Summary of Normal heart sounds
Transcript for Normal heart sounds
Normal heart sounds
If you put a stethoscope over the chest, you’ll usually hear something that sounds like lub dub, lub dub, lub dub, which repeats over and over again, with each cardiac cycle, or heartbeat.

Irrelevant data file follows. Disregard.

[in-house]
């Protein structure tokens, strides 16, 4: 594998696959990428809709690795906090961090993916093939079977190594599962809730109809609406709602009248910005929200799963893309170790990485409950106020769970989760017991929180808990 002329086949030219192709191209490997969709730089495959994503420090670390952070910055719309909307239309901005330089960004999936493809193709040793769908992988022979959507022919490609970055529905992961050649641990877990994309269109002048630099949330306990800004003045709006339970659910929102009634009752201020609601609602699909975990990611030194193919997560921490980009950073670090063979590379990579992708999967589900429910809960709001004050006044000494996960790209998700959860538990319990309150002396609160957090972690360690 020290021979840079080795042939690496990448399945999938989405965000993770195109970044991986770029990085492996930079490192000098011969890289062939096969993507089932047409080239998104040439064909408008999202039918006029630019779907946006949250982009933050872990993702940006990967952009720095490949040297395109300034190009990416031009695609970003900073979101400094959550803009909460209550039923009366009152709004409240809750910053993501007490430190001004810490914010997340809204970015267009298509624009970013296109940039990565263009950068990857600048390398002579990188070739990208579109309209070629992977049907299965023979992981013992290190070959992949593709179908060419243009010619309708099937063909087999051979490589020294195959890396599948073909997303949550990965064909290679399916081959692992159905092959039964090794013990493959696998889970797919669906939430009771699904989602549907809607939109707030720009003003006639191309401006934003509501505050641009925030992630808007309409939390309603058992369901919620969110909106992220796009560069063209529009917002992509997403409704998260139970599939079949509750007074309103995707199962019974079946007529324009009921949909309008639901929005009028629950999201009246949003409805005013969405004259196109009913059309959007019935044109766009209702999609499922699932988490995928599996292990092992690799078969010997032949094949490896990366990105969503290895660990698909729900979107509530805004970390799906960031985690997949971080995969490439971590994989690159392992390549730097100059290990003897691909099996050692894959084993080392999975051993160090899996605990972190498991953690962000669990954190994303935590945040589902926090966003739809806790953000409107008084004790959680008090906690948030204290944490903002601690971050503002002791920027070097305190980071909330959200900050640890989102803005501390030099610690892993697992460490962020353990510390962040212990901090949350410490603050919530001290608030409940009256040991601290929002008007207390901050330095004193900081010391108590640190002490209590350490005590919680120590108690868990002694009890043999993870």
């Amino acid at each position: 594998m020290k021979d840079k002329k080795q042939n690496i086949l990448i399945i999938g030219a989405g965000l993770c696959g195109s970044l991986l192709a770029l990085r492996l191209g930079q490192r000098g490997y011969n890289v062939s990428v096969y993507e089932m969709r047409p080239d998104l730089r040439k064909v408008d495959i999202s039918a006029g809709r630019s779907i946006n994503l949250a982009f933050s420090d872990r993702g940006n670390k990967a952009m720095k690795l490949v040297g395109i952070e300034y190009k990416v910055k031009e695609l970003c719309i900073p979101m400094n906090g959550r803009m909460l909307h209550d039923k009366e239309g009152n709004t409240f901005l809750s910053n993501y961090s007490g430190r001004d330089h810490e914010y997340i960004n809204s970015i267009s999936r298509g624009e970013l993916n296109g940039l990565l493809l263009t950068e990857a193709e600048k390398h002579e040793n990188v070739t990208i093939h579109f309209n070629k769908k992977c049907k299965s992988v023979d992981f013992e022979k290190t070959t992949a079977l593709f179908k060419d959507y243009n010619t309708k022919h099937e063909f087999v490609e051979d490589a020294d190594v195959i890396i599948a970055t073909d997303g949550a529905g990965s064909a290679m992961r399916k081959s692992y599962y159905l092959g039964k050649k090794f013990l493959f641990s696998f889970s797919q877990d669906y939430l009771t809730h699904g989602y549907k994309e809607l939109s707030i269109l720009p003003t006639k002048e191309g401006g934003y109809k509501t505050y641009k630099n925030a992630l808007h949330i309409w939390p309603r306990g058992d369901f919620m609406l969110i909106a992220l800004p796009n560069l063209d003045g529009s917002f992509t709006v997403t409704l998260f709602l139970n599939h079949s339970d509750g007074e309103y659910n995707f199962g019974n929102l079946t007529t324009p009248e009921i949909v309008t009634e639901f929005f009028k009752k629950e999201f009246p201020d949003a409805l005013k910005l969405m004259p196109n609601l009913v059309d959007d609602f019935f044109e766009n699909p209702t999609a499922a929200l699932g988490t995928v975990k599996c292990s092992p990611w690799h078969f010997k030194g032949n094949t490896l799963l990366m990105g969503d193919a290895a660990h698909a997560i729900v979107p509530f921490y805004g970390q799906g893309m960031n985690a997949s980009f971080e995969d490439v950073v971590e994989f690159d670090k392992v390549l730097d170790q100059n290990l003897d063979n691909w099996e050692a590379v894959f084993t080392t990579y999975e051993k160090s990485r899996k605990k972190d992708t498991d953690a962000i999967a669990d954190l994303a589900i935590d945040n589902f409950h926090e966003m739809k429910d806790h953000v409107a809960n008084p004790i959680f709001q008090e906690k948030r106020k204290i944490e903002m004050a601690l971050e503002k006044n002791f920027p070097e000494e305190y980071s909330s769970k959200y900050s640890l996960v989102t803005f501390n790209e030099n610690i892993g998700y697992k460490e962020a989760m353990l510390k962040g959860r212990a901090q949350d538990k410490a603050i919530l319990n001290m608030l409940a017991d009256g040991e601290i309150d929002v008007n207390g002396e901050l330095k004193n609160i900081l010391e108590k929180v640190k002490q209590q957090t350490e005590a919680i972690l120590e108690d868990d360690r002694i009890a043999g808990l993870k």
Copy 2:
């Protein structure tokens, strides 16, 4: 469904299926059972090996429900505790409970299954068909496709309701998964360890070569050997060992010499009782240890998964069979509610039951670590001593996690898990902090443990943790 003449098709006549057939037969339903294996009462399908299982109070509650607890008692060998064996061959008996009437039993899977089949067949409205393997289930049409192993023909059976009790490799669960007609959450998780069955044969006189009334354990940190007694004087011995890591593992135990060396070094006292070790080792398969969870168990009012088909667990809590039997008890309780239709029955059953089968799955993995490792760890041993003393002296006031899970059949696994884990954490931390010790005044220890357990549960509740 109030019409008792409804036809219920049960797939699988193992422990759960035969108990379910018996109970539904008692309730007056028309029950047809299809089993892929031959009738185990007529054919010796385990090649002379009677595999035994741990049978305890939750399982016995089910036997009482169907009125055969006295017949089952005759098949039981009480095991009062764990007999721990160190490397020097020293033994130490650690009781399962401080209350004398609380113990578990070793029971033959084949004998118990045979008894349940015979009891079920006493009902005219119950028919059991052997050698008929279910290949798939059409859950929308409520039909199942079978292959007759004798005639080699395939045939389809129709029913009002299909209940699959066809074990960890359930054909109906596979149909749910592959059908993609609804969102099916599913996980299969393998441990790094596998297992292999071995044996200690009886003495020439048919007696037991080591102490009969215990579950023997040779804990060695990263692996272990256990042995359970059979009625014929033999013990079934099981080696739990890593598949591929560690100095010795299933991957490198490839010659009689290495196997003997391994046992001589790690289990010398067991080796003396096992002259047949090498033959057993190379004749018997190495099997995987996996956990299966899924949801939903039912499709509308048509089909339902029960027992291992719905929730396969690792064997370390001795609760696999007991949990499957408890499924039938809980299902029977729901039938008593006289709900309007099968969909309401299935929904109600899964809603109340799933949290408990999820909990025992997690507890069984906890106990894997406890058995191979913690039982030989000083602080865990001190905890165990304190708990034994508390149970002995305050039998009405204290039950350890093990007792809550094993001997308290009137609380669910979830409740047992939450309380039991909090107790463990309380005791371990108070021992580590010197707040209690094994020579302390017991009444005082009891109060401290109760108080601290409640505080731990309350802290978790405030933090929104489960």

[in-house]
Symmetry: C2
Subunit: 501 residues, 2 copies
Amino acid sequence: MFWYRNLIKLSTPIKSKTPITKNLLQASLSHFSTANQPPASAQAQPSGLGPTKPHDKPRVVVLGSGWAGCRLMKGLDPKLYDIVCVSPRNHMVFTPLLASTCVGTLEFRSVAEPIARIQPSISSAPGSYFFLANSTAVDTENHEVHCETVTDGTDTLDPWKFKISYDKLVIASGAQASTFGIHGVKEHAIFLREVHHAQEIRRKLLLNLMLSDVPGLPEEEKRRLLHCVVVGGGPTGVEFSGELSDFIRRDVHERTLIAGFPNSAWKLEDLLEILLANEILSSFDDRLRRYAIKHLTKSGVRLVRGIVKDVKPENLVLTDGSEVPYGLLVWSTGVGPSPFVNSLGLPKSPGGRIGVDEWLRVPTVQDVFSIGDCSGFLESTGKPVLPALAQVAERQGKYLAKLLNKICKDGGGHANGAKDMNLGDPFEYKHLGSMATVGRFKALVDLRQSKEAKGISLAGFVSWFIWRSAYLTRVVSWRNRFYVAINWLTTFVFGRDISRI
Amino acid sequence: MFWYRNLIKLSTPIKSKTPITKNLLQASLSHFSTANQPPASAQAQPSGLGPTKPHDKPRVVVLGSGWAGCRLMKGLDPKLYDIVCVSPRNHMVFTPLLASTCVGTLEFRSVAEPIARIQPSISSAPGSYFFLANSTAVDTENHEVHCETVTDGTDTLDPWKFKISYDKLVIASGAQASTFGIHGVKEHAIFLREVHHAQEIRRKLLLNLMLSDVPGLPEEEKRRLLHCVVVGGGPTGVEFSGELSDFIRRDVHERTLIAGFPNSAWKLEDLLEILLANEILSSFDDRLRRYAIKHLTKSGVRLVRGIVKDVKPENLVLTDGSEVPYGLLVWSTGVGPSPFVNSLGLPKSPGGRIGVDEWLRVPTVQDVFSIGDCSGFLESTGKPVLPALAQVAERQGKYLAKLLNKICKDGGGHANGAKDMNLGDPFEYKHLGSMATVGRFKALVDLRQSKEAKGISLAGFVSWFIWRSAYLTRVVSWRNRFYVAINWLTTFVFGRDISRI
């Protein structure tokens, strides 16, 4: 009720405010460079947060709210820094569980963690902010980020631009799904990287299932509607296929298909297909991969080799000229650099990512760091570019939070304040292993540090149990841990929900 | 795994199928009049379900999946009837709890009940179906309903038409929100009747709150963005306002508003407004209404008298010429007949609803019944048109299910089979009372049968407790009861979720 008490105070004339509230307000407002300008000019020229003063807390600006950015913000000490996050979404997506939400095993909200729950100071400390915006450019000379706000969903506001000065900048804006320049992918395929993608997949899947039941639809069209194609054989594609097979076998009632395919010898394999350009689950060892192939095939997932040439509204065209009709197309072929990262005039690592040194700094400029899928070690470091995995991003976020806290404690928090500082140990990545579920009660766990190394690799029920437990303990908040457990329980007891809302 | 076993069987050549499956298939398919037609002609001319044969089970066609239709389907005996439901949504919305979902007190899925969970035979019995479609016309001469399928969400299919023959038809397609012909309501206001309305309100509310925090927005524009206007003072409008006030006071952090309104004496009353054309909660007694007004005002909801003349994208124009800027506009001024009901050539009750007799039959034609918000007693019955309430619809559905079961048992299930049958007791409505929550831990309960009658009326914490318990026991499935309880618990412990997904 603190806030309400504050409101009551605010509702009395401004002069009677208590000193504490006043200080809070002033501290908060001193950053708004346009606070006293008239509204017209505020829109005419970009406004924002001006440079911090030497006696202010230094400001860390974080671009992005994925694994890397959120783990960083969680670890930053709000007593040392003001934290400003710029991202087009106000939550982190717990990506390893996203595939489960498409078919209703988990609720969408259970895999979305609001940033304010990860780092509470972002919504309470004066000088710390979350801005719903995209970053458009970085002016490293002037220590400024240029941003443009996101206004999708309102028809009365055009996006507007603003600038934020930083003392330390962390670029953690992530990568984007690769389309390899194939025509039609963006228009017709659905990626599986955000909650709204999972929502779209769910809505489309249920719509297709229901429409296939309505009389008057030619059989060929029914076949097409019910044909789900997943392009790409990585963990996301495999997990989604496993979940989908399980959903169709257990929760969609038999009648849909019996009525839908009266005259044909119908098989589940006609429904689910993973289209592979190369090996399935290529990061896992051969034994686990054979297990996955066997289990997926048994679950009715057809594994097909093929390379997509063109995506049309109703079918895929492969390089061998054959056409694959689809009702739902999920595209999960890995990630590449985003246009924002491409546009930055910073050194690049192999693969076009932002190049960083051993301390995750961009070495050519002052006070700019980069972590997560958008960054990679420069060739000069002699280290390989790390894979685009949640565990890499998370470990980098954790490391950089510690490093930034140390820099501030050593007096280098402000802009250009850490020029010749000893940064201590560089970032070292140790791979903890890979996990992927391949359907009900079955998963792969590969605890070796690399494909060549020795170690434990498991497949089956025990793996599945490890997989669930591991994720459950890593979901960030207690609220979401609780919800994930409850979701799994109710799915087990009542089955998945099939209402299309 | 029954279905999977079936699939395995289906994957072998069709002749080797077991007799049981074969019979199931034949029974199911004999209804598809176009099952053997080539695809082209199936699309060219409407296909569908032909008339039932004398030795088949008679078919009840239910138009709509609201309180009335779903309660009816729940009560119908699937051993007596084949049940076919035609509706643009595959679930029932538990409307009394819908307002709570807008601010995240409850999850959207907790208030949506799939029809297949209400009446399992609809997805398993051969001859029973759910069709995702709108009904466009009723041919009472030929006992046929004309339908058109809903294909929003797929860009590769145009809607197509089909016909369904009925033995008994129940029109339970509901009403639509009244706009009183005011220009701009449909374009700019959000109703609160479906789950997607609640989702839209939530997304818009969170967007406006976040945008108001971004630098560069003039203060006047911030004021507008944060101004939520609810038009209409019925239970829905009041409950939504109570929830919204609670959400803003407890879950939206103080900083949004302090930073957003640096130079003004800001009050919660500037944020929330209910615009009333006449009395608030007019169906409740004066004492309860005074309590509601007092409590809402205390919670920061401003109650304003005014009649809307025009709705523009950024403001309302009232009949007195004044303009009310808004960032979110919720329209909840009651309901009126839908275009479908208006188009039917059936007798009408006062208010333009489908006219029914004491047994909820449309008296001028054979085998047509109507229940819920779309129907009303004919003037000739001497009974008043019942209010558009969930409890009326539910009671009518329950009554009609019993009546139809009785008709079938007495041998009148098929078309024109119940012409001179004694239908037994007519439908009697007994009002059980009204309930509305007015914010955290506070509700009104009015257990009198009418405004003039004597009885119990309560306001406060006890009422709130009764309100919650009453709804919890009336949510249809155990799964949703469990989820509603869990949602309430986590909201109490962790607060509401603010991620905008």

Now, the question is, where does this sound come from? Normally, blood is constantly moving through the four chambers of the heart- coming through the veins into the right atrium, going to the right ventricle, then shooting off via the pulmonary artery to the lungs and coming back from the pulmonary veins into the left atrium and the left ventricle, to be pumped into the aorta. So, in every step, some valves have to open and others have to close. Valves are just “communicating doors” that, when open, allow blood to pass through, and when closed, hold blood within a chamber. So, in total, our heart has four valves- two atrioventricular valves, which separate the atria from the ventricles and are the tricuspid valve, on the right side, and the mitral valve, on the left side, and two semilunar valves, which separate the ventricles from the large arteries coming off of them and are the pulmonary valve, on the right side, and the aortic valve, on the left side. And when these valves are closing, just like a door slamming shut, they are going to make a sound that is transmitted in the direction of the blood flow. The heart is positioned in such a way in the chest cavity, so that the sound of the closing of each of these valves is projected onto a small area of the anterior chest wall. So, let's start from the right side. If we place our stethoscope between the second and third rib, known as the right second intercostal space, just next to the upper border of the sternum, we’ll best hear the closing of the aortic valve. Then, right over on the left side, in the left second intercostal space, left upper sternal border, there is the pulmonary valve closing. Making our way down, between the fourth and fifth rib, next to the left lower border of the sternum, we’ll be closer to the tricuspid valve. Finally, let’s move a bit further to the left and downwards, between the fifth and sixth rib, so in the left fifth intercostal space, and in the midclavicular line. This means if we drew a line from the midpoint of the left clavicle, or the collarbone, straight down in a longitudinal fashion, we’ll find a point that would intersect with the fifth intercostal space. And that’s where the closing of the mitral valve is best heard. Now in reality, a lot of these things are happening at once, like a factory with lots of things happening in parallel. For example, the right and left atria are both full of blood, and that blood moves through them tricuspid and the mitral valve to get down into the ventricles. Initially, the blood flows passively into the ventricles, but near the end when there’s just a bit left, there’s an atrial contraction that gives the blood an extra hard push to help get it out. This part of the heartbeat, when blood is filling the relaxed ventricles is called diastole. Now once the ventricles have filled up, both of the atrioventricular valves snap shut, creating a long, loud sound that sounds a bit like “lub”. That’s the first heart sound, or S1. And because it’s basically the tricuspid and mitral valve closing, it’s best heard in the tricuspid valve area, so in the left fourth intercostal space, lower sternal border, as well as in the mitral valve area, so in the left fifth intercostal space, in the mid- clavicular line. So, at this point, the ventricles are full of a whole lot of blood and are ready to squeeze it out. And to do that, the aortic valve, on the left side, and the pulmonic valve, on the right side, quietly open up. Blood flows from the left ventricle into the aorta and from the right ventricle into the pulmonary artery. This part of the heartbeat, when blood is ventricles are contracted and pushing blood out is called systole. Eventually, the ventricles finish squeezing, so these two valves close down, making a short, sharp sound that sounds a bit like a “dub”. And this dub is called the second heart sound, or S2. This is heard louder in the aortic valve area, so in the right second intercostal space, right upper sternal border, and the pulmonary valve area, in the left second intercostal space, left upper sternal border. During inspiration, though, if you listen carefully with a stethoscope, this S2 sound actually splits into two separate sounds. That’s because the diaphragm muscle lowers during inspiration, and that creates negative pressure in the chest to bring in air, and that negative pressure also brings a bit more venous blood back to the right atrium and right ventricle. It takes a little bit longer for the right ventricle to squeeze this extra blood in the pulmonary artery and it takes a little bit longer for the pulmonary valve to close. So during inspiration, the closing of the pulmonary valve is heard slightly later than the aortic valve, and that’s called physiologic splitting of the S2. Now after both the aortic and pulmonary valves have shut down, the atrioventricular valves open again, letting the cycle start all over again.